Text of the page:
Met Council has the poop on COVID-19
Finding a needle in a haystack is child’s play compared to the work that is being done at the Metro Wastewater Treatment Plant. Out of the 176 million gallons of wastewater coming from nearly 2 million people in 66 communities every day, our scientists can capture and measure about 10 viral RNA molecules that can tell public health officials how COVID-19 is impacting our region.
The principle is simple. Many people infected with SARS-CoV-2 shed the remains of the virus in their feces. When that waste ends up at a wastewater treatment plant, the viral material can be detected and measured.
When the COVID-19 pandemic began, Met Council Environmental Services staff saw that other plants around the world were developing reliable testing procedures. They studied those efforts and started a research partnership with the University of Minnesota’s Genomics Center. After months of work, they came up with a reliable analytical procedure.
Data shows up in wastewater before community testing is reported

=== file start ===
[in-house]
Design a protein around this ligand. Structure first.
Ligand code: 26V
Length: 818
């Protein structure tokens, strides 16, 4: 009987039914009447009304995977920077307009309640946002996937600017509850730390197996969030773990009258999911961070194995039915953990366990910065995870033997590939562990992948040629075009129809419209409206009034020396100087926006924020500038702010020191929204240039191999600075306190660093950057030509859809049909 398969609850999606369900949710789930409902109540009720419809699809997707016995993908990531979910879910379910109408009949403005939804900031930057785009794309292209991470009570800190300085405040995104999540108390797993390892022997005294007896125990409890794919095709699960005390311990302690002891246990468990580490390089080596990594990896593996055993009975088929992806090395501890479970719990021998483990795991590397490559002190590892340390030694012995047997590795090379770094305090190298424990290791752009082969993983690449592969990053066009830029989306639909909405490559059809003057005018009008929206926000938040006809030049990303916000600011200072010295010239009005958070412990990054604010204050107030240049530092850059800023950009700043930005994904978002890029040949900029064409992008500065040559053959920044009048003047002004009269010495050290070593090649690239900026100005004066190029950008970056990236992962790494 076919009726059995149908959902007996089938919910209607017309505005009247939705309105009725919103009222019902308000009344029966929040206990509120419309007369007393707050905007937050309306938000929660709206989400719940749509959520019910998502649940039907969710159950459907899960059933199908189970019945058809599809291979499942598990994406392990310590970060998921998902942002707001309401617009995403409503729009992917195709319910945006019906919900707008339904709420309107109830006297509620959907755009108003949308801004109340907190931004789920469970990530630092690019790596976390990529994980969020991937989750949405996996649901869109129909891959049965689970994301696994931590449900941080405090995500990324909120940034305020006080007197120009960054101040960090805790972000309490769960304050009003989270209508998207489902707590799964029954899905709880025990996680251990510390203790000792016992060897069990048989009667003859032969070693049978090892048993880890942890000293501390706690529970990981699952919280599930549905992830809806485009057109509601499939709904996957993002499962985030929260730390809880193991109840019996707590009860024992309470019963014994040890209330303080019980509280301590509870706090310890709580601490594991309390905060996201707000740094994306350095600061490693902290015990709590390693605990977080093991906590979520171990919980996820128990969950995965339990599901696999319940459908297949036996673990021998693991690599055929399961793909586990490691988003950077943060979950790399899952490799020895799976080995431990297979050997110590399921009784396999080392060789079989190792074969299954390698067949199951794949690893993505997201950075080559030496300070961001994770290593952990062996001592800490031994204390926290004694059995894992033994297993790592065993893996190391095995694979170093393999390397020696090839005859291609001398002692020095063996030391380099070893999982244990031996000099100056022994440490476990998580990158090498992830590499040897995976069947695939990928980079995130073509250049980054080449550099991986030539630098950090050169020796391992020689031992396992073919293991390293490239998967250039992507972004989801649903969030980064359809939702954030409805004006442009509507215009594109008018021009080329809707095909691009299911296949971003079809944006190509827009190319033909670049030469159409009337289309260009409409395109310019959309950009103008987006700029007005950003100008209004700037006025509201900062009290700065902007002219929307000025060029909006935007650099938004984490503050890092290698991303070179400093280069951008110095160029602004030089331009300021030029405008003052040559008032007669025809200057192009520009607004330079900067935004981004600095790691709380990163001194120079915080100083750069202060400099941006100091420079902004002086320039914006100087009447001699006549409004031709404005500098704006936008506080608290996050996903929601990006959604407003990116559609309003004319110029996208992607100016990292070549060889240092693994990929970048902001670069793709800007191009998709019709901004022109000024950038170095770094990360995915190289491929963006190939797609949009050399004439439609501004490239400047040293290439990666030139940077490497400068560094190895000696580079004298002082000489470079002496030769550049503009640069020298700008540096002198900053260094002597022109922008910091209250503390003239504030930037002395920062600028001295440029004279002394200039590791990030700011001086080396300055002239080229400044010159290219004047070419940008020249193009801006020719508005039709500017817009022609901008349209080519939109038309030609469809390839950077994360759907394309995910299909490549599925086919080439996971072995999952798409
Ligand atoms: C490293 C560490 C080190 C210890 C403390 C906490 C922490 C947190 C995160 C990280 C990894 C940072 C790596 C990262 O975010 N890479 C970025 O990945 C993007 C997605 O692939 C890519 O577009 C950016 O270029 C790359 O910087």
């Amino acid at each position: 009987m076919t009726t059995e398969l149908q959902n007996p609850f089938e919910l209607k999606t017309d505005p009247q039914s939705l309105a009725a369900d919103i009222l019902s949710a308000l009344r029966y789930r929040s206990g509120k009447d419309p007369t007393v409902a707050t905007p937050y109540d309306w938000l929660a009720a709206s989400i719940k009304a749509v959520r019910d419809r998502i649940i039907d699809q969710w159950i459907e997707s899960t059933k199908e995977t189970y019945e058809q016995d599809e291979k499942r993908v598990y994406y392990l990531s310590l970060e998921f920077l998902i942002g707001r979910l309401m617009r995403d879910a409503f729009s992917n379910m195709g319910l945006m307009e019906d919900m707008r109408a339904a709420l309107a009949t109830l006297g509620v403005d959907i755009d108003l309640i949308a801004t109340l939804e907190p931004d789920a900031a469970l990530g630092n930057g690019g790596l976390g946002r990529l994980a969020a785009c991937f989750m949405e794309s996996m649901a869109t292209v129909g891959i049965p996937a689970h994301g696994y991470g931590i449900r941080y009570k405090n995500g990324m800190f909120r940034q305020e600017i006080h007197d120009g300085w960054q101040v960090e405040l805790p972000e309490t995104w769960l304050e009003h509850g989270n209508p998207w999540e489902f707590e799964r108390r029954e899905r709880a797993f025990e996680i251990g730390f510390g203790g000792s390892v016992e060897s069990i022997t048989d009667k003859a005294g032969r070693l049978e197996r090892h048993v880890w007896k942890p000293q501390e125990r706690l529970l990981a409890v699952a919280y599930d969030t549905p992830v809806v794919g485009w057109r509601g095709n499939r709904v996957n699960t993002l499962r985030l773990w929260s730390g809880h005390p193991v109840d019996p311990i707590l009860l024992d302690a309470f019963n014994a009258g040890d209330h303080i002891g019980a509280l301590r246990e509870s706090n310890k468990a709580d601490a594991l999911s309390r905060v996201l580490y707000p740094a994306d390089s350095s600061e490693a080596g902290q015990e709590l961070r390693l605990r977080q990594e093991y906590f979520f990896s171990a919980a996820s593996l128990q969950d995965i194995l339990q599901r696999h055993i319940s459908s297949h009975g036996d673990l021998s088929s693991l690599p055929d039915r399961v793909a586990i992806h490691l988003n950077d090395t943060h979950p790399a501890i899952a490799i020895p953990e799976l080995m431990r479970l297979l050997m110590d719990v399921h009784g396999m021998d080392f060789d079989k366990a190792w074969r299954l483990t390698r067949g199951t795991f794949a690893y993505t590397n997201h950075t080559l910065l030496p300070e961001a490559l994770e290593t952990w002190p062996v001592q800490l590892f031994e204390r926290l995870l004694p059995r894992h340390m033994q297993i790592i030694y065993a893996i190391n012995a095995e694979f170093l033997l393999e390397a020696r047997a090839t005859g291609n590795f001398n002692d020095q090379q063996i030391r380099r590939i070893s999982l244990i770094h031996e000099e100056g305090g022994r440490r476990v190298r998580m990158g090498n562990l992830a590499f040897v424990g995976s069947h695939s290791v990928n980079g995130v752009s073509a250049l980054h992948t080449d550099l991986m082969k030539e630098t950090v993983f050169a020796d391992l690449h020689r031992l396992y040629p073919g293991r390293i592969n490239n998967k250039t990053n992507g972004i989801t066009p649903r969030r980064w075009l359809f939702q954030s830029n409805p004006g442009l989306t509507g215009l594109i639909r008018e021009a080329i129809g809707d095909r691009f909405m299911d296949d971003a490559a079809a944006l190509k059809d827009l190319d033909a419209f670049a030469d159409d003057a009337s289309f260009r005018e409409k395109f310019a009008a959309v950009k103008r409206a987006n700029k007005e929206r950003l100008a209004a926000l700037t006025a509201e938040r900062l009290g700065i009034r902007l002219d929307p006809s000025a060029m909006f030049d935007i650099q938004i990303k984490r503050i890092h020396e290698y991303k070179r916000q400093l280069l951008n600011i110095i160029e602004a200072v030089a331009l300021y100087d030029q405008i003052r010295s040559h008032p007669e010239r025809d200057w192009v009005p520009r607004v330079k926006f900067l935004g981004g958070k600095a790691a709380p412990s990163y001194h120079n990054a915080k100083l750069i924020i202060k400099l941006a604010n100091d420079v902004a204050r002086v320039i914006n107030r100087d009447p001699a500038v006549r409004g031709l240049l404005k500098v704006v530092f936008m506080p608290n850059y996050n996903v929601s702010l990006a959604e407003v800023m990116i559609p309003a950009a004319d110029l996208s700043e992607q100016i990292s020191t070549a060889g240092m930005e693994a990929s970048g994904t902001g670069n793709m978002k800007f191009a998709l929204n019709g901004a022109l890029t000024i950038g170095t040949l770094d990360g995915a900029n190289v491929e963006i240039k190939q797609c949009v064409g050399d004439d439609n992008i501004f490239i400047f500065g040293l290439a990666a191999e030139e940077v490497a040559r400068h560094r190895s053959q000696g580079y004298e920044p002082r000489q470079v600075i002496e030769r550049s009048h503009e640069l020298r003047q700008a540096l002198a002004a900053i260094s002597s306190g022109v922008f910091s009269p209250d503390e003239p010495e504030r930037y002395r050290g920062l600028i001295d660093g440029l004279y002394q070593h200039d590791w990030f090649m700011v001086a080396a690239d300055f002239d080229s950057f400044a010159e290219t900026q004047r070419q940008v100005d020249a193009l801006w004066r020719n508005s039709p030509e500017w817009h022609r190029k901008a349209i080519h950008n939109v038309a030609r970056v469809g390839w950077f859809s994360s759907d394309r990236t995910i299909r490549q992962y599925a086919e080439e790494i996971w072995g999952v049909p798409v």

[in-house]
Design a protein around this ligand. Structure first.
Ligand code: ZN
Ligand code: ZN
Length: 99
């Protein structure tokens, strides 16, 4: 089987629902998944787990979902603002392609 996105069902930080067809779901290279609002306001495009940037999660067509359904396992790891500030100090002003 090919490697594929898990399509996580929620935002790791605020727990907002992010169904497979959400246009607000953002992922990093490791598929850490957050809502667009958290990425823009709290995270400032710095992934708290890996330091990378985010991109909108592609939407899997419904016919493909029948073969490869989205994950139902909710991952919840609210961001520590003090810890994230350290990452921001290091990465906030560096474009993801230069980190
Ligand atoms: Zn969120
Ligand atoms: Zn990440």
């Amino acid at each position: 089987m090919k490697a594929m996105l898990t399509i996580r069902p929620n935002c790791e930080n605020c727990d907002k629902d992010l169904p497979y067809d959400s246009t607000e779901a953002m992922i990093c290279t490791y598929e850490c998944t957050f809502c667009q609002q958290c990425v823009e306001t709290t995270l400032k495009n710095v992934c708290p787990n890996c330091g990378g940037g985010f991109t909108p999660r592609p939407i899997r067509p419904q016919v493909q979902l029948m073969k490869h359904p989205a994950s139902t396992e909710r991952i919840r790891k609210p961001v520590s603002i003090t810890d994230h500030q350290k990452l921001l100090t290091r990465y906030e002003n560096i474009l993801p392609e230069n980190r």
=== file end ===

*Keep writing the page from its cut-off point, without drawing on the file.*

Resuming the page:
The data being collected through our partnership with the university is clarifying the way we view the COVID-19 pandemic. The viral load present in wastewater has been closely matching the case data being gathered through clinical testing. The added advantage is that the wastewater data are available up to several days before clinical testing results are reported. So, our partners at the Minnesota Department of Health can get an early warning that the trend may be changing.
In addition to sharing with MDH, we make our data available to the public on our website.
Had this process been in place in early 2020, we would have had much more information about when COVID began spreading in Minnesota. The results are fast, accurate, and anonymous, giving public health officials an important new data point for monitoring the growth of a viral outbreak.
I am extremely proud of the work our Environmental Services Division staff are doing in partnership with the U of M. It is a prime example of how regional partnerships can serve the people of the Twin Cities. The basic technology can be adapted to monitor many other viruses, pathogens, or variants of concern and provide public health officials with actionable information. It’s a new tool to keep our region safer and healthier.